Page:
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Izz

Don't Panic

Review by Gary Hill

This new release from Izz could well be their best yet. It's also a contender to land on my "best of 2019" list. The modern take on classic prog sounds works very well. There is not a misplaced passage or a single element that doesn't seem to fit. This has surprises, while feeling natural. I know there definite nods here to "The Hitchhikers Guide to the Galaxy," but I'm not sure if this is a concept album. I should mention the length of the disc. At about 43 minutes, this is as long as an old vinyl LP. I've begun to think recently that those records were just about the ideal length. So many times artists seem to feel that they need to fill the extra time of a CD and that the recording can suffer. I'm glad they opted to keep it relatively concise. (I'm not sure how accurate it is to say that an album with an 18-and-a-half minute song is concise.) All in all, if you like modern prog that is firmly rooted in classic sounds and features multiple singers, this is for you.

This review is available in book format (hardcover and paperback) in Music Street Journal: 2019  Volume 4 at lulu.com/strangesound.

Track by Track Review
Don't Panic
Science fiction sounds open this. The cut fires out with some soaring prog rock intensity from there. As the number evolves this is well grounded by classic progressive rock textures. It also makes me think of some of Billy Sherwood's song writing to some degree. They take this through a number of shifts and changes. There are more rocking moments counter-pointed with mellower ones. They make great use of the fact that they have multiple singers. There are some killer guitar sounds at points on this thing, too.
42

This is the epic of the piece, weighing it at over 18-and-a-half minutes of music. It comes in a bit tentatively and strange. A jam that seems to feel like the beginning of the song proper emerges about 45 seconds into the number. It has a real Yes-like vibe as they drive through with fast paced prog jamming. That Yes comparison still holds true when they drop it down around the minute-and-a-half mark. A large chunk of this number is made up of a twisting and turning instrumental movement. Eventually they work out into a vocal driven section. The shifts and changes continue, but the number remains firmly set in a classic prog style.  Some guitar soloing around the seven-and-a-half-minute mark is particularly tasty. After soaring outward, this drops to a dramatic guitar based section that makes me think of a cross between Yes and California Guitar Trio. Before the nine-minute-15-second mark, it shifts toward more electric territory. They take it out from there in a jam that really starts to soar. The changes continue as the vocals return. This gets into some decidedly melodic prog sections. When they take it back out into instrumental zones later, it is into a killer classic prog based jam with some great guitar sounds built into it. They take things into another vocal movement from there, and there are some cool guitar fills that soar while the vocals continue to weave their magic. I'm a sucker for guitar soloing that's not restricted to its own little compartment, so that's a big selling point for me. They drop it eventually to a nearly acapella section to end the piece.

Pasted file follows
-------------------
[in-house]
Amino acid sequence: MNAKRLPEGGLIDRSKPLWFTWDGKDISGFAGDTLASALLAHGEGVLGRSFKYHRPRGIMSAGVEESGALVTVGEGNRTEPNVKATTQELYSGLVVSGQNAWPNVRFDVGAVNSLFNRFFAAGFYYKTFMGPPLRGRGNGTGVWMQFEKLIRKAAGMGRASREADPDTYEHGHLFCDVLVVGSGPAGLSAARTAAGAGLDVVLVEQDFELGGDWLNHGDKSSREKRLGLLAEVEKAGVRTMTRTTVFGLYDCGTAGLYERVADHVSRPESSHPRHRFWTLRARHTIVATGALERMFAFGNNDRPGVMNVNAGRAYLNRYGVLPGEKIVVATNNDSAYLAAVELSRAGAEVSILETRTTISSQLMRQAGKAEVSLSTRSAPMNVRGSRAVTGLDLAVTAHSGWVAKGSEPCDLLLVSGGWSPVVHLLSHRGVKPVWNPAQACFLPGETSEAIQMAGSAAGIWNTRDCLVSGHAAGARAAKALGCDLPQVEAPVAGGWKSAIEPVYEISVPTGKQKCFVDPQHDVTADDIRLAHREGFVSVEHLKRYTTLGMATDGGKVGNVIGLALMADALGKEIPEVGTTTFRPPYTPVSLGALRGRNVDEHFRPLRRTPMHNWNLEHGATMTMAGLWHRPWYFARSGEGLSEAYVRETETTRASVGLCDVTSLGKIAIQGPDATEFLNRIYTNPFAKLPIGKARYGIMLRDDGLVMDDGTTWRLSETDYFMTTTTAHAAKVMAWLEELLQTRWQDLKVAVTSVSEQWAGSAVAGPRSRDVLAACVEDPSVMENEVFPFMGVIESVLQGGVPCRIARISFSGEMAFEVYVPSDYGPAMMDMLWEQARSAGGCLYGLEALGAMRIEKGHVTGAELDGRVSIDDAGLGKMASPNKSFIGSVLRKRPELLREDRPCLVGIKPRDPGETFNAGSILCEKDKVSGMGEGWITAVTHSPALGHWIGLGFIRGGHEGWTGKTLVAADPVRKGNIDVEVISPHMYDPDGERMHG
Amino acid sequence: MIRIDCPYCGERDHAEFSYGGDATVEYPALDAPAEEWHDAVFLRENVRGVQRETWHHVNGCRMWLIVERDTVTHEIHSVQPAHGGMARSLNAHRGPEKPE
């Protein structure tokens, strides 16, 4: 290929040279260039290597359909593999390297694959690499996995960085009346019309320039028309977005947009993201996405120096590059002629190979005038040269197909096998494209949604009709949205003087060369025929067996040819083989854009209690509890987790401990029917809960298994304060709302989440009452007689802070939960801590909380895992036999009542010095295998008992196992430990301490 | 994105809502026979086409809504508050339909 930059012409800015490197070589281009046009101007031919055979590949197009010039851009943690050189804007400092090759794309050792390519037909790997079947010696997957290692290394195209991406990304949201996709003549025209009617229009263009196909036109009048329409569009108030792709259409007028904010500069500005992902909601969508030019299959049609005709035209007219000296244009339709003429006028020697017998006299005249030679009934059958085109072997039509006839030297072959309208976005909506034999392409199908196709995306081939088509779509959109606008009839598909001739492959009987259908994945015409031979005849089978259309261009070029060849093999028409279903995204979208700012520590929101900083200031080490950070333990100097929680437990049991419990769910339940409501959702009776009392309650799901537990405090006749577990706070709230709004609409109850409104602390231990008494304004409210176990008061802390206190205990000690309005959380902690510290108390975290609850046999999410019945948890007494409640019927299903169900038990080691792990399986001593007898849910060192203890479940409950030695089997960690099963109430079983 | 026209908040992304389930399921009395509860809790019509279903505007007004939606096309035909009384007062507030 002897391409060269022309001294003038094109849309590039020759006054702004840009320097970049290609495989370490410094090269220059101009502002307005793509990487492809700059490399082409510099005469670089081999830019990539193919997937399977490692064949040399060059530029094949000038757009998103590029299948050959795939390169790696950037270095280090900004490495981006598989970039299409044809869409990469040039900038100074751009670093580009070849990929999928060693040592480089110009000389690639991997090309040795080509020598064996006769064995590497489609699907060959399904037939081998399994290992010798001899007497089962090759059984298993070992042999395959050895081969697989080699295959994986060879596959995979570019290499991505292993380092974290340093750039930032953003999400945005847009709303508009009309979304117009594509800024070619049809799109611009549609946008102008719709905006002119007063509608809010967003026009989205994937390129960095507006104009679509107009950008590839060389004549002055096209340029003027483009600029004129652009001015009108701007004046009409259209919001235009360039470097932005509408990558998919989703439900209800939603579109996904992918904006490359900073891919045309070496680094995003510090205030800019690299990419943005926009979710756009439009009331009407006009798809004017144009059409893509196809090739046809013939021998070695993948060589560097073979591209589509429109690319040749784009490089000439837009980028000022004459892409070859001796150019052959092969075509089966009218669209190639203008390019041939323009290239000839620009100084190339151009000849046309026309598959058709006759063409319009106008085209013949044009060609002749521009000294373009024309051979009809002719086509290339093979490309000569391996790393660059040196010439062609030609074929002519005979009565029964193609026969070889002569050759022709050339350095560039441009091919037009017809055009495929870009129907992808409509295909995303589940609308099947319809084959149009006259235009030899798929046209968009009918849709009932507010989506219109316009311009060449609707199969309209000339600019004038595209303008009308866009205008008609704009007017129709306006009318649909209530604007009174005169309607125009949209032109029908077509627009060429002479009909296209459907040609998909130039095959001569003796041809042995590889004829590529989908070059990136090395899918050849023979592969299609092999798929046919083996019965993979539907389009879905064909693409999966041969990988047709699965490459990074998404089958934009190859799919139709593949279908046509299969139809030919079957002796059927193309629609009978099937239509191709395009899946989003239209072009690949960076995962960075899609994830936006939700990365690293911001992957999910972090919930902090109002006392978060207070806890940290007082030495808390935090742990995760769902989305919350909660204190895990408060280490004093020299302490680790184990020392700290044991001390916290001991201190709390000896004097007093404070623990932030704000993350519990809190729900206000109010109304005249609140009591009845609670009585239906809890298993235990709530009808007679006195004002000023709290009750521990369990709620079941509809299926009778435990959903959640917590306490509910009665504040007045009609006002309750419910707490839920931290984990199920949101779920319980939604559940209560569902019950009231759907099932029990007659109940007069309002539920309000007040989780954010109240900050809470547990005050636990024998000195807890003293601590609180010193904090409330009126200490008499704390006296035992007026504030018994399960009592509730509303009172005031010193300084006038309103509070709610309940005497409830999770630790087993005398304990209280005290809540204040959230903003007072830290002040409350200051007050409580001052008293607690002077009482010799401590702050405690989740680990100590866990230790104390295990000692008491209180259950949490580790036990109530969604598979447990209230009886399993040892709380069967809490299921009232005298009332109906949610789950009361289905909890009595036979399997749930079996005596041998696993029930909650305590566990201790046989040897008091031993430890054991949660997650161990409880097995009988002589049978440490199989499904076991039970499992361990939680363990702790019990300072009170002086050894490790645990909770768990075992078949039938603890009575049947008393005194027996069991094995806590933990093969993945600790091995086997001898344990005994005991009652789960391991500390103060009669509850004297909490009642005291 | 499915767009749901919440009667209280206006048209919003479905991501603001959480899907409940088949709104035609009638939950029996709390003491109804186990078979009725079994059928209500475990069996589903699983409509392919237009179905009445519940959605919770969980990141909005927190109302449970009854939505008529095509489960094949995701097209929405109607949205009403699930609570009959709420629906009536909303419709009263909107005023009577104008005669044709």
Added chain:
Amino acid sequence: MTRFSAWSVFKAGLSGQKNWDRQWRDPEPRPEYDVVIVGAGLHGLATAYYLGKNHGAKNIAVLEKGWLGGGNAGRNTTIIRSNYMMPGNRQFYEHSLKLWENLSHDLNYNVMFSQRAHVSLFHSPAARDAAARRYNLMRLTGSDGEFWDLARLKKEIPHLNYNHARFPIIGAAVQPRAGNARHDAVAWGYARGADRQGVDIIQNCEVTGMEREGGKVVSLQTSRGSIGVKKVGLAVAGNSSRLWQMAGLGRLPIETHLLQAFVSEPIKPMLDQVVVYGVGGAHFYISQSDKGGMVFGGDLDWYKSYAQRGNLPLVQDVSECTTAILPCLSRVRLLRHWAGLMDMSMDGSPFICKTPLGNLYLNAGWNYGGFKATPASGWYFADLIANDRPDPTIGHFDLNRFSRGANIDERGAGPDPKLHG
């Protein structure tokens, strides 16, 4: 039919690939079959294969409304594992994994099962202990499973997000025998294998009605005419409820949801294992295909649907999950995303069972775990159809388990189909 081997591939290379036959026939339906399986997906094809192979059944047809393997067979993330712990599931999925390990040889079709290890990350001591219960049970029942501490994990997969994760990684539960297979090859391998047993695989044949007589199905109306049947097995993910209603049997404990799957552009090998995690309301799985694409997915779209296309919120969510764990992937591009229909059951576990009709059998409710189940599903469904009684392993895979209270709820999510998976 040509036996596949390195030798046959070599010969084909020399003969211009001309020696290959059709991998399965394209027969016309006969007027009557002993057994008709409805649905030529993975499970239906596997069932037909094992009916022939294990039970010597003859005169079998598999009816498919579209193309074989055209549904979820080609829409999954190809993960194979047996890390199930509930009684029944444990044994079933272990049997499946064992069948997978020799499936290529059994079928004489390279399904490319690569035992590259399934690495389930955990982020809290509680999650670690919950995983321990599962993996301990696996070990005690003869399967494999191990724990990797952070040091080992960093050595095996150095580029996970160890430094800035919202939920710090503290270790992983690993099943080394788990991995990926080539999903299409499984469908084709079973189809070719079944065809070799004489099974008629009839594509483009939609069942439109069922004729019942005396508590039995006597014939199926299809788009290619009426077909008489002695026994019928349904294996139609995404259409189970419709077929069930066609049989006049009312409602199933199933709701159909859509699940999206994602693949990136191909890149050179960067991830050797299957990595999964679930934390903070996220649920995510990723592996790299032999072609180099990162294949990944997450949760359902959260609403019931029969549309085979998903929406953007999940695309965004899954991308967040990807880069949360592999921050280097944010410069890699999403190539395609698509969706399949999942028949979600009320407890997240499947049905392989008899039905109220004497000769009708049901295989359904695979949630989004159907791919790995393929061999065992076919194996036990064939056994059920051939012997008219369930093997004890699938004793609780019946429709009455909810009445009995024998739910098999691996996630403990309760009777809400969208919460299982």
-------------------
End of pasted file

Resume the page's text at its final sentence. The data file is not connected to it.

Six String Theory
A bit over two minutes long, this is an acoustic guitar solo that calls to mind both GTR Steves to me (Hackett and Howe). It's intricate and varied. It serves as a nice intermission, too.
Moment of Inertia
Piano that is quite classical in nature brings this into being. It builds up gradually from there before exploding out into some modern prog fury around the one-minute mark. This jam is crunchy and a bit heavy as it drives forward. They take us through numerous shifts and changes. At times this leans toward fusion. At other points it's more pure prog. There is some screaming hot guitar in sections, too. Some sections make me think of 90s King Crimson to some degree. A bit of a break (with some laughter) around the five-minute mark gives way to a darker jam. Synthesizer comes in to dance over the top in an almost ELP-like way. They continue the shifting evolution of the piece as it works through in dramatic fashion. The closing movement of this makes me think of classic Genesis.      
Age of Stars
Rising up gradually, the first vocal section comes over the top of a movement that feels like it's still finding its way. More layers of vocals emerge later, and the instrumental arrangement starts to really drive forward. A movement around the three-minute mark makes me think of Yes to a large degree. A jam around the five-and-a-half-minute mark has some killer synthesizer among other exceptional instrumental work. The cut drops down from there to a mellower, transitional section. Vocals come over again as that movement works forward. Some weirdness emerges at the end of that before they fire out into a killer classic prog jam.
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